7. What did Shaxon think the City’s Cash *was* being used for? I mean, really, £126m to “promote banking” sounds a bit much.

    And why do Lefties always want to steal something and spend it all at once, rather than preserving the assets and just spending the interest?

  8. am I shocked and surprised that the WGCE, Shaxson (the tax dodging exile), and Glasman made fools of themselves?

  9. We’re discussing this because of the lack of transparency in respect of the Corporation’s assets and what it uses its income for outside of its local authority operations. Its activities may be benign or they may not, but until they publish the full facts, we have no way of knowing.

    If the Corporation is just a “standard” local authority, then why not merge it with Tower Hamlets? Having a separate authority for only 9,000 residents looks like a wasteful anomaly.

    Presumably the answer to this rhetorical question is the Corporation’s stated primary purpose, which is “promoting ‘The City’ as the world leader in international finance and business services.”

    Given these two points (i.e. the lack of transparency and the lobbying role), Epping Forest and Hampstead Heath are just diversions, albeit pleasant ones.

    Tim adds: That’s interesting. Are City Corporation accounts more or less transparent than other LAs? I don’t know the answer which is why I ask. And doesn’t every LA lobby for industries in their patch?

  10. The Corporation’s accounts are less transparent than other LAs because of the large amount of assets they hold via trusts and other charitable vehicles.

    The City has had quite a few centuries headstart on the rest of UK local government when it came to amassing wealth, plus local democratic accountability has meant that other LAs have rarely had the latitude to build up large surpluses – i.e. the ratepayers wouldn’t stand for it.

    All LAs, as you say, lobby for industries on their patch, but they don’t consider this to be their primary purpose. It’s a means to an end (local prosperity), rather than an end in itself.

  11. “And why do Lefties always want to steal something and spend it all at once, rather than preserving the assets and just spending the interest?”

    Because they don’t understand (or wilfully refuse to understand) the difference between capital and interest/income. To them its all just cash to be spent. Its the same when socialist governments borrow money – to them the only cost is the interest payments – the concept of having to repay the capital as well is alien. Thus its entirely sensible to borrow to consume rather than borrow to invest, because they have no intention of repaying the capital at all. They just roll it over ad infinitum (until they can’t of course, which happens to socialists all the time…).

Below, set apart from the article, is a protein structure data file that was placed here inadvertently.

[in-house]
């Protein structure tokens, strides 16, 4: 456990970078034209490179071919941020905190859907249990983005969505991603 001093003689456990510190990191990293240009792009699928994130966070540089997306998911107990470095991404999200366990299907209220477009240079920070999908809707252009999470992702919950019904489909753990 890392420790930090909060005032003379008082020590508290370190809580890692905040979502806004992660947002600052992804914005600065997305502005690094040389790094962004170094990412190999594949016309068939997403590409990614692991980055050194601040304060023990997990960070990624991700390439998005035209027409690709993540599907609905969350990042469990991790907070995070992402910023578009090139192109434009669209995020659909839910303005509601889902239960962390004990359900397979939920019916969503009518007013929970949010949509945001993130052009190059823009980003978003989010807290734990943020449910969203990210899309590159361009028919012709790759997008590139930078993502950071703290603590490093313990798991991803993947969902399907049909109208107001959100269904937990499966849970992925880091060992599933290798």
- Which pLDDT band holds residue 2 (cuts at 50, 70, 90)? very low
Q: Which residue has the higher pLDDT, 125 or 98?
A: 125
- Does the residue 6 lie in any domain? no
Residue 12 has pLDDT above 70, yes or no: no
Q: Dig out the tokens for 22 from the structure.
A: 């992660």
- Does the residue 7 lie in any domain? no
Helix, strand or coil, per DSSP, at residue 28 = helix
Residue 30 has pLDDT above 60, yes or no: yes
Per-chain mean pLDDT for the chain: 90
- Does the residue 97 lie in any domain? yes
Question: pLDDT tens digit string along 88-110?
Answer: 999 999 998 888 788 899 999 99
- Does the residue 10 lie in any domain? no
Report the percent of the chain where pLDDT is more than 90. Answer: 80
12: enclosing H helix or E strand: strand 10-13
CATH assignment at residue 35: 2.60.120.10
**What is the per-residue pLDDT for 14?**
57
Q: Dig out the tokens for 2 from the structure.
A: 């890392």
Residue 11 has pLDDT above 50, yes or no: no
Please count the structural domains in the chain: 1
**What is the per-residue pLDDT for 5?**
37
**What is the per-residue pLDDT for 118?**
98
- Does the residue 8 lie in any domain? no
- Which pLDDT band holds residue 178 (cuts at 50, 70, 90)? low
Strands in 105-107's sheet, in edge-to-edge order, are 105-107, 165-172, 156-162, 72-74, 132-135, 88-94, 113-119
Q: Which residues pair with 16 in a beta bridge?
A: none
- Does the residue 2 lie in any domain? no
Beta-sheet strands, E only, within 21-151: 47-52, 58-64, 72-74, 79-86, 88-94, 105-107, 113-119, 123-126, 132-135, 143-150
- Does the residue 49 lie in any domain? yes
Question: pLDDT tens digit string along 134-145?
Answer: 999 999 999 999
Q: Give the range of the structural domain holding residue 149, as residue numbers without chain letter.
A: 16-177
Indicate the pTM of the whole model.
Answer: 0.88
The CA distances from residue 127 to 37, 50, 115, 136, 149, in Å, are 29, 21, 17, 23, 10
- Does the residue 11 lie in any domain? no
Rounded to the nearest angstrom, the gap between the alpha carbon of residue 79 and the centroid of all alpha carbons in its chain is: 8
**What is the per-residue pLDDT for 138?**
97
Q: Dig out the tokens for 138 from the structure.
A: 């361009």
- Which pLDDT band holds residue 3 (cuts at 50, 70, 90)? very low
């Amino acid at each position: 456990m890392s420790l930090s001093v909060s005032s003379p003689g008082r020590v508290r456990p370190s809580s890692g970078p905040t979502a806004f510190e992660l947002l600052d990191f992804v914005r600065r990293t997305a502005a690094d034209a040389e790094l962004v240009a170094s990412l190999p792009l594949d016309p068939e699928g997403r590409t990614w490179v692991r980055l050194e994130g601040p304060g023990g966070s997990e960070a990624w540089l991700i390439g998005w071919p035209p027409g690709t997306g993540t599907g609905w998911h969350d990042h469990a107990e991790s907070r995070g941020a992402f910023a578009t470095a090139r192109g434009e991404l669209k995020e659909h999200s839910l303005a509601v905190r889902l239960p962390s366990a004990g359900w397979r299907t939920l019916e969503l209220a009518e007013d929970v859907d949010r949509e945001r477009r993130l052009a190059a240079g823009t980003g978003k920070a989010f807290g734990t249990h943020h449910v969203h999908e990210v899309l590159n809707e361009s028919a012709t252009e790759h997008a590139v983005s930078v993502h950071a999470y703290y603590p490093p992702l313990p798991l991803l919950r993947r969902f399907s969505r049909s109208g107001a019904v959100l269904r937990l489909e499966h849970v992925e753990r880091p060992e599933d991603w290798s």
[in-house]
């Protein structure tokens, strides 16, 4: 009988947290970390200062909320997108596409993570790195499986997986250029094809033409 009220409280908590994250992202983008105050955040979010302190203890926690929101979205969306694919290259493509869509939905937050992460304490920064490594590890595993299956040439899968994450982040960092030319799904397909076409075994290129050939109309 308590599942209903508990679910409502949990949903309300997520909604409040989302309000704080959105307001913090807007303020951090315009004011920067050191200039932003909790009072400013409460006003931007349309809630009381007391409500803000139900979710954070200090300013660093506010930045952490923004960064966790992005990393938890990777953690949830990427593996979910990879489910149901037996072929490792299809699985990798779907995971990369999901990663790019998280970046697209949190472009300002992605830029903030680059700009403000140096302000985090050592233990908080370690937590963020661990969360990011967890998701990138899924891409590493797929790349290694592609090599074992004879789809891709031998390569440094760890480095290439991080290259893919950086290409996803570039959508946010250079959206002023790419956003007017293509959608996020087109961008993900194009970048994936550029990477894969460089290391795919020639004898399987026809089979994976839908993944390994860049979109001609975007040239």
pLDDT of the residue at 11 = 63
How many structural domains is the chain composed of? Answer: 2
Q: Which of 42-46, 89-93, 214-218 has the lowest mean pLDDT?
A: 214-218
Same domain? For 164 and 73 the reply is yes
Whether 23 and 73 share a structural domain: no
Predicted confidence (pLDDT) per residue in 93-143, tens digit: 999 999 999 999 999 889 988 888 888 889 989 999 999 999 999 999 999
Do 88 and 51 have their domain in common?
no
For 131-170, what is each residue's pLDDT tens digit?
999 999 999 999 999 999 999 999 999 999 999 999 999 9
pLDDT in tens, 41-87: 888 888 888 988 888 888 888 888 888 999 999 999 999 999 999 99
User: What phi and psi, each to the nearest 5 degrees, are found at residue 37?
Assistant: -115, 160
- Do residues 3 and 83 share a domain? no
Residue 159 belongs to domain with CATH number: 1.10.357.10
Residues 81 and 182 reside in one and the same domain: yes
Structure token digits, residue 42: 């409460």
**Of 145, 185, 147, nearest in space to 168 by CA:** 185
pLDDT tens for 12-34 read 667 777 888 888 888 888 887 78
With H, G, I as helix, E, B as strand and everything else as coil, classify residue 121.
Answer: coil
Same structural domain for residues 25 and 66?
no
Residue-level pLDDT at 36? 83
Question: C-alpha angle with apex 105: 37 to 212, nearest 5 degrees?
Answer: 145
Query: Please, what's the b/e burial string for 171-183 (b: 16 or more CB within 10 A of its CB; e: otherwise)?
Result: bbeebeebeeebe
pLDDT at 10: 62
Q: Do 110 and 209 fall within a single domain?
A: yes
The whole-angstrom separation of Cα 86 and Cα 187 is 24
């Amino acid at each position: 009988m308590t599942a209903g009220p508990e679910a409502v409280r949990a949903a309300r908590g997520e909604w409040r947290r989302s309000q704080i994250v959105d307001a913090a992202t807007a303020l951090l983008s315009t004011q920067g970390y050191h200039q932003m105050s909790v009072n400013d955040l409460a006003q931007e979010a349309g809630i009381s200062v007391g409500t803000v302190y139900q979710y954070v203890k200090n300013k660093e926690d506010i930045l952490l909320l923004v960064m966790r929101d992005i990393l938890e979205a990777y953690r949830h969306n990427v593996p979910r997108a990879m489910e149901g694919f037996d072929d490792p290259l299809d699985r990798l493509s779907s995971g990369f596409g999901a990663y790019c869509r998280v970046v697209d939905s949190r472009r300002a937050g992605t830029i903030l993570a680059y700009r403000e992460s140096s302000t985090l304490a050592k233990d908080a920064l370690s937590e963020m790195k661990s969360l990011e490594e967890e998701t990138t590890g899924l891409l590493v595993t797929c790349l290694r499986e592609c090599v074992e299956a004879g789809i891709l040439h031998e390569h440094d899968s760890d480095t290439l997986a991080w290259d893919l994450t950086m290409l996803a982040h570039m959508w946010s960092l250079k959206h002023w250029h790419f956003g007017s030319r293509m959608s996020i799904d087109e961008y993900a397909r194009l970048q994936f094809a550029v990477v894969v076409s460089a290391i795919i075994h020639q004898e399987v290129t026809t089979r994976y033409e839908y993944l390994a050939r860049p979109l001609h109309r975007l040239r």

So the idea of preserving your capital, and living within the income does not compute for socialists. If they have a large lump of capital (such as the City does) the temptation to spend the lot in one massive splurge is irresistible.

    My local council (when Labour controlled) sold off its large shopping mall complex for (I think) £93m, £70m net after borrowing was paid off. For this handsome sum the local rate payers have got: £15m spent on repaying other old debts,£27.5m straight into the council pension fund to plug a deficit, £15m spent on refurbishing various council schools/leisure centres and £12.5m currently unaccounted for.

    So an asset worth a net £70m, bringing in an income of say 5% or £3-4m/year has been frittered away on current spending, leaving the ratepayer all the poorer. And to be fair most of the spending took place under a Conservative council, having ousted Labour after the sale took place, thus proving that Labour and Tory are but different sides of the same socialist coin.

  12. Dave @9
    “If the Corporation is just a “standard” local authority, then why not merge it with Tower Hamlets? Having a separate authority for only 9,000 residents looks like a wasteful anomaly.”

    Of all the potential weaknesses one could through at CoL LA, “wasteful” is perhaps the most riseable. An organisation that can arrange its affairs to defer its gratification and live within the means of its interest/dividends is – if it is nothing else – admirably prudent and minimally wasteful.

    CoL prudence applied post the takeover of Tower Hamlets may well not produce the outcome you imagine…

  13. Hugo (#7) asked “What did Shaxon think the City’s Cash *was* being used for? I mean, really, £126m to “promote banking” sounds a bit much.”

    He implied that it was being used to fund shadowy right-wing pressure groups.

    A pity it isn’t; some of us might have been able to grab a bit.

  14. @ David Timoney
    You blog on this thread
    So you can use the internet